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Health / Medical

Navel gazing: checking your belly button can tell you a lot about your health

todayMay 15, 2024 5

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By Dan Baumgardt, University of Bristol

 

Navels, belly buttons, innies or outies … whatever term you use, your umbilicus may have plenty to tell you about the state of your health.

For some, they are the thing of nightmares – omphalophobia (the fear of belly buttons) is a real condition. For others, they are a fashion accessory to be shown off in a crop top, or decorated with a body piercing.

Whatever your feelings about belly buttons, one thing’s for sure – it once joined you to your mother. The umbilical cord is severed at birth to leave just a small clamped stump that progressively withers and falls away a week or two later.

What you’re left with, in most cases, is a small wrinkled depression. That’s if you have an “innie”, as most of us – 90% apparently – do. From this point, the belly button seems to become redundant – other than to gather dust and fluff.

But that’s not the whole story – your navel has more depth to it than just a few millimetres.

The umbilicus is an access point for the vessels carrying blood to and from the foetus. These have come from the placenta and run through the umbilical cord, coated in Wharton’s jelly – a gelatinous connective tissue contained in the cord that insulates and protects them.

There are normally three vessels within the cord. The one carrying oxygen and nutrients to the foetus is the umbilical vein. It passes through the umbilicus and feeds into the developing foetal circulation. There are also two umbilical arteries, though these carry deoxygenated blood and waste products, flowing in the other direction back to the placenta.

This circulation is not needed after the baby is born, and once disconnected from the placenta the umbilical vessels naturally close up. But the little stump of cut cord left clinging on can still be of use for a short time, especially in newborn babies who are poorly. The vessels can have drip lines inserted and be used for infusions of medicine, or have blood samples taken from them for testing.

The umbilicus is a portal in the wall of the abdomen – it’s a little-known fact that during your embryonic development your intestines actually have to leave your abdominal cavity because of limited space, but return a few weeks later. They do so via the umbilicus, passing into the cord.

As a result the umbilicus is not just an access point, but a point of weakness. An umbilical hernia occurs if a section of intestine pokes through any gap. This may require an operation to correct it.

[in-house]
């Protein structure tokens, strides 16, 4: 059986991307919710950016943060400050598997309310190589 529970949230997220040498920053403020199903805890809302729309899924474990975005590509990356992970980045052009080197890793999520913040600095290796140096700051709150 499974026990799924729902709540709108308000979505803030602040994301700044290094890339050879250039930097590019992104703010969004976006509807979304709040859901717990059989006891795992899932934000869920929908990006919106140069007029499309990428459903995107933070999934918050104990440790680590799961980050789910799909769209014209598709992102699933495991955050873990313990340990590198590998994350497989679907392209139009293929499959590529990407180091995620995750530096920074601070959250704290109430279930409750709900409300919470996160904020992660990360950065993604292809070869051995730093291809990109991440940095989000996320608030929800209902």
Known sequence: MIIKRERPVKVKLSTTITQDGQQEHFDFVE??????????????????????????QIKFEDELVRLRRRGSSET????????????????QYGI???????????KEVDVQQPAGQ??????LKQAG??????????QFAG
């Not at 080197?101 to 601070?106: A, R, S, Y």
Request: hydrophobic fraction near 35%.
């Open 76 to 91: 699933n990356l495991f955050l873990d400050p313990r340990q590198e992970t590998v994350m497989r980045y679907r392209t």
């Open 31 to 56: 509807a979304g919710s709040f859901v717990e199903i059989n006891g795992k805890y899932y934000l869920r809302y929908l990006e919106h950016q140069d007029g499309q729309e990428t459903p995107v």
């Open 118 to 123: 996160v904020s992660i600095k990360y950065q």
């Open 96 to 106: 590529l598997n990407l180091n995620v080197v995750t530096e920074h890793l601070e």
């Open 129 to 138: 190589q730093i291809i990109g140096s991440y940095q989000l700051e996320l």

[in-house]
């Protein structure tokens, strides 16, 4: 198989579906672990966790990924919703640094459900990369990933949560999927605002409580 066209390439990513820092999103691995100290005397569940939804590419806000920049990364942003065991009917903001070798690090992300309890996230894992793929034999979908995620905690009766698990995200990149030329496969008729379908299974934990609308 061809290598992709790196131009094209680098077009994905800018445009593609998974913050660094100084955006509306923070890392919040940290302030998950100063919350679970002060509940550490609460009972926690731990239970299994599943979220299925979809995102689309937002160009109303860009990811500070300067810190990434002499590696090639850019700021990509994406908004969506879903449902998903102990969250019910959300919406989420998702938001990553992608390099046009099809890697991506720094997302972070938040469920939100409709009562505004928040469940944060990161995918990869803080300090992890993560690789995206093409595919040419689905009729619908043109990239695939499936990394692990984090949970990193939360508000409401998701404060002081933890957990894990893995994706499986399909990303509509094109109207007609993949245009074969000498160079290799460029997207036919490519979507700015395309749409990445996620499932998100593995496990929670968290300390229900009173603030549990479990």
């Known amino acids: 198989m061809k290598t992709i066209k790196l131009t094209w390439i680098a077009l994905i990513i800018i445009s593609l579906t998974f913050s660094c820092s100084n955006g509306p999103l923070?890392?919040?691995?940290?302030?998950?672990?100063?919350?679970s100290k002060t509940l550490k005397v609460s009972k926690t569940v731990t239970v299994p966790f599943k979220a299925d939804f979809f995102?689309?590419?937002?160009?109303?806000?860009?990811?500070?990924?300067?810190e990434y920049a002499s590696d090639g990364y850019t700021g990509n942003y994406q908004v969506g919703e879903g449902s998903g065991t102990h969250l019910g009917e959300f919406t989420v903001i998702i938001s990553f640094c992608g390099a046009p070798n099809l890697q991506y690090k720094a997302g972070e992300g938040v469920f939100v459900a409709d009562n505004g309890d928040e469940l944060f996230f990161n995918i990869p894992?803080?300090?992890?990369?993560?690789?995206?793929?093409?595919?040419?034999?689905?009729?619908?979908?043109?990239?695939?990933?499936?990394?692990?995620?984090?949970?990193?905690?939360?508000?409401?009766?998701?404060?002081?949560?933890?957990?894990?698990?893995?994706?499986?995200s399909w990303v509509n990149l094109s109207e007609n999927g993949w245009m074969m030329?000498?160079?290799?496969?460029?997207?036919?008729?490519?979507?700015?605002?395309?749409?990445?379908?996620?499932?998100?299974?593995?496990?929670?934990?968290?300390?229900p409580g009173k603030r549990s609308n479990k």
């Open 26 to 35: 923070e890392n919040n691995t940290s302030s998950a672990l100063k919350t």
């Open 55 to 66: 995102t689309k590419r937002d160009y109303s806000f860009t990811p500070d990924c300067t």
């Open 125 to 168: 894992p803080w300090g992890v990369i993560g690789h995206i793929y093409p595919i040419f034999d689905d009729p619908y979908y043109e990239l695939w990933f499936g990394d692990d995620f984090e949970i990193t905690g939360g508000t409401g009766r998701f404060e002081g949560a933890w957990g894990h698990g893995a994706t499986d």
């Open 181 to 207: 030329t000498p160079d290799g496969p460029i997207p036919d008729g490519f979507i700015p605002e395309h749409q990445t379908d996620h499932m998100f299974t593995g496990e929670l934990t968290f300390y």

The nun and the navel

Poor Sister Mary Joseph Dempsey. She was a nun who devoted much of her life to the care of patients in a hospital in Minnesota. She trained as a nurse, later becoming a surgical assistant to the doctor William Mayo. It was during this tenure that she highlighted an interesting observation.

At the time (the late 19th century), cancers of the abdomen and pelvis were typically diagnosed much later, and unfortunately were often more extensive. We call this process metastasis, where a cancer starts in one organ or location, then spreads to another.

Mary Joseph noted that some patients with metastatic cancer had a new palpable swelling or nodule in their umbilicus. She did the noble deed of reporting this to Mayo, who fairly evidently hadn’t noted it himself. He went on to rather ignominiously publish these findings under his own name, without giving due credit to his esteemed colleague. It was only after the deaths of Dempsey and Mayo – both in 1939 – that another doctor, Hamilton Bailey, rightly named the finding Sister Mary Joseph’s nodule.

The nodule is firm, of variable colouring, and actually arises from spread of the cancer to the umbilical tissue. It’s not seen as commonly these days, since more cancers are now diagnosed earlier before extensive spreading occurs.

Medusa’s head

Other signs can be observed in the navel that have a footing in mythology. One example allows us to draw a connection between the liver and the umbilicus.

The skin around the navel has beds of superficial veins that feed back towards the deeper circulation. They actually drain blood into the hepatic portal vein, a large vessel that is heading into the liver, chock-full of nutrients absorbed from the gut.

If the pressure in the portal vein becomes too high (mostly as a result of liver diseases, like alcohol cirrhosis) pressure builds in the connecting vessels too. Veins have thinner walls than arteries and tend to balloon under pressure.

As a result, the normally small veins around the navel dilate in size and become visible beneath the skin, fanning in all directions. This sign, like a head replete with snakes for hair, is named caput medusae, or Medusa’s head. In Greek mythology, the gorgon Medusa whose head was severed by the hero Perseus, had the ability to turn anyone who beheld her gaze to stone.

And on that topic, all that dirt, debris and dead skin in our navels should also get an honourable (or maybe dishonourable) mention – prolonged accumulation of this material within the cavity can make it harden over time, forming a stony mass. We call this an omphalolith, or umbilical stone.

So, the umbilicus is something of a reliable crystal ball in diagnosing internal illnesses. But as to whether you regard it as an attractive part of your own anatomy, one has to ask the question: are you innie or outie?The Conversation

Dan Baumgardt, Senior Lecturer, School of Physiology, Pharmacology and Neuroscience, University of Bristol

This article is republished from The Conversation under a Creative Commons license. Read the original article.

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